During its heyday, the city of Silay was the center of education, culture, and entertainment. It was the same reason why this charming city got the title “the Paris of Negros.”
Historians would tell that during the 20′s-40′s decade entertainers coming from Europe and the Americas would visit and perform in Negros Occidental. No, voudeville and concertos were not performed in Bacolod, but in the nearby city of Silay.
It was also in Silay where the affluent Ilonggos, known as the sugar barons or hacienderos built their fortune in this side of the provice. More than thirty ancestral houses, or bahay na bato has already been decalred by the National historical Institute as part of our National Heritage. Some of these houses have already been converted into museums.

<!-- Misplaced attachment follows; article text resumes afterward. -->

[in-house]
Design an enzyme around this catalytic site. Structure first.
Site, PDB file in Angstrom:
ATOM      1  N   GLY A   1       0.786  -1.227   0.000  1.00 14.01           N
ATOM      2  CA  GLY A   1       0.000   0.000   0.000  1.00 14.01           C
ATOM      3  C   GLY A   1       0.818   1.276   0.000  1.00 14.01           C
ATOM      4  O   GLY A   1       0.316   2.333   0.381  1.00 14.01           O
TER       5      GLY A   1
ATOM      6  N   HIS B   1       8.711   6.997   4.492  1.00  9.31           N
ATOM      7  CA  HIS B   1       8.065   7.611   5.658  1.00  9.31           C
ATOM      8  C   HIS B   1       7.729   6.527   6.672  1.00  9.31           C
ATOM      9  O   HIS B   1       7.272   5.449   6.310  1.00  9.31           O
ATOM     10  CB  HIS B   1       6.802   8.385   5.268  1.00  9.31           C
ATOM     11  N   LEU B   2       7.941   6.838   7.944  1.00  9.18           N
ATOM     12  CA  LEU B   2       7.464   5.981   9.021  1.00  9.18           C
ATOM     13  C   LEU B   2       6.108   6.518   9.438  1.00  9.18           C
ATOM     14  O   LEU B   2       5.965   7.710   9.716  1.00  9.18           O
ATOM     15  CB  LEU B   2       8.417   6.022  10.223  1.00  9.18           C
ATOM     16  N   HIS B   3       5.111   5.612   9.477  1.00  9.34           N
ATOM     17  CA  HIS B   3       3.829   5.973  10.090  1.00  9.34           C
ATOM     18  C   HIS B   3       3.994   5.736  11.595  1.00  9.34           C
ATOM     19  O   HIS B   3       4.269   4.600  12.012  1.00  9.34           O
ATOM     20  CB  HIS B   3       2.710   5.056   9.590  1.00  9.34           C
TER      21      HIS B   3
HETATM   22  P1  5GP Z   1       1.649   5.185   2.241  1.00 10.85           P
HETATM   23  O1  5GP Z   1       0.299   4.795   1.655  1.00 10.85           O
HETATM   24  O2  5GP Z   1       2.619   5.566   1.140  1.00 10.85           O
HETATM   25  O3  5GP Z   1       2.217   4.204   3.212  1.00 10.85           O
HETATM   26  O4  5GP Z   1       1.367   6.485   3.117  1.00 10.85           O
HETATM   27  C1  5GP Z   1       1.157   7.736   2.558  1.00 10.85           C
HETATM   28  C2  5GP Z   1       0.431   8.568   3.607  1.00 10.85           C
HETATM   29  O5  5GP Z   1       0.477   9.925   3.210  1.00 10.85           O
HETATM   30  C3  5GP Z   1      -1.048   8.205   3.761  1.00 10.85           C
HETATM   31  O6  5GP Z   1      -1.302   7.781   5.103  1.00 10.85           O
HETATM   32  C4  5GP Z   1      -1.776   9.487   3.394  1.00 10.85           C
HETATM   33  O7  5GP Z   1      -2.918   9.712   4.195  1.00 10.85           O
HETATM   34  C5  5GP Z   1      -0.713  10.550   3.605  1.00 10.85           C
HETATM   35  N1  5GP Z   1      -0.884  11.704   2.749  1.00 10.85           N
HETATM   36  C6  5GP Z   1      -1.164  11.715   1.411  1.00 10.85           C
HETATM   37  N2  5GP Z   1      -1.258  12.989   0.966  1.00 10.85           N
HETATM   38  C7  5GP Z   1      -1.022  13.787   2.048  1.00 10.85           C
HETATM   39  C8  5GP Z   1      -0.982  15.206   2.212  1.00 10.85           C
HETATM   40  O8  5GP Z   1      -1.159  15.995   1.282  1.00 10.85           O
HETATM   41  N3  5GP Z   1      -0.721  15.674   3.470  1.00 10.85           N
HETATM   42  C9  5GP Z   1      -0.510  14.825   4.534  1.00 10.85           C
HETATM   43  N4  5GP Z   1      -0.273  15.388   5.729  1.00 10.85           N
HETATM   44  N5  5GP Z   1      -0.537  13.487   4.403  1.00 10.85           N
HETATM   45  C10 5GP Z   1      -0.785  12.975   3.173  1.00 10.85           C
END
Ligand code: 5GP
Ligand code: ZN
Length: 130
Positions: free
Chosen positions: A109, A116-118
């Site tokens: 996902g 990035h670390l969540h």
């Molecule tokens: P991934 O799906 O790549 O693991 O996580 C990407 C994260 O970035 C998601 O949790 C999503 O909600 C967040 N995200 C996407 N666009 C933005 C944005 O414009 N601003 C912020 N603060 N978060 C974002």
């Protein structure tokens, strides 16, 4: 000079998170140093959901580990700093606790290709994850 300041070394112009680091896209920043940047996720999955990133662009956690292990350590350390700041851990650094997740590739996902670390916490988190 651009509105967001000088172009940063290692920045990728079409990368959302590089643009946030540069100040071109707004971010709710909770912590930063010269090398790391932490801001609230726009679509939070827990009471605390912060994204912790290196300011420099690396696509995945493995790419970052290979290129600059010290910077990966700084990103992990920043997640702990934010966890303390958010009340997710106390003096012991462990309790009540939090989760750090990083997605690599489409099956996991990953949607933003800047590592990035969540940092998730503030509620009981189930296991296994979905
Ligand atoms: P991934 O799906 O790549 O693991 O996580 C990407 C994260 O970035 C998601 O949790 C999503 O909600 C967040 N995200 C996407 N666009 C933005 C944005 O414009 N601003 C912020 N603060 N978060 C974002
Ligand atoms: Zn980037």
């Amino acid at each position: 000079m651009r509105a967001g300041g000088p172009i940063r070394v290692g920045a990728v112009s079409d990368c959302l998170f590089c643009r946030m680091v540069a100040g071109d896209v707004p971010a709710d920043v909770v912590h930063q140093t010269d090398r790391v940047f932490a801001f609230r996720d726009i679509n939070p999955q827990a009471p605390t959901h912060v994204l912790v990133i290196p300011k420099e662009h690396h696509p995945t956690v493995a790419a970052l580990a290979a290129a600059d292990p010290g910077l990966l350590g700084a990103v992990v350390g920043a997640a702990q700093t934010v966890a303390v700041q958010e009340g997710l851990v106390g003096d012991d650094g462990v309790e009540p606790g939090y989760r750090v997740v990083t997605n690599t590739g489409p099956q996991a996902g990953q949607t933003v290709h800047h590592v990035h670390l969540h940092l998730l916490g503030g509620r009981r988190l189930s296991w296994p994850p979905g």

Until now, Silay is still one of the cities in Negros Occidental that produces sugarcane. Indeed, Silay is a city that sugar has built.
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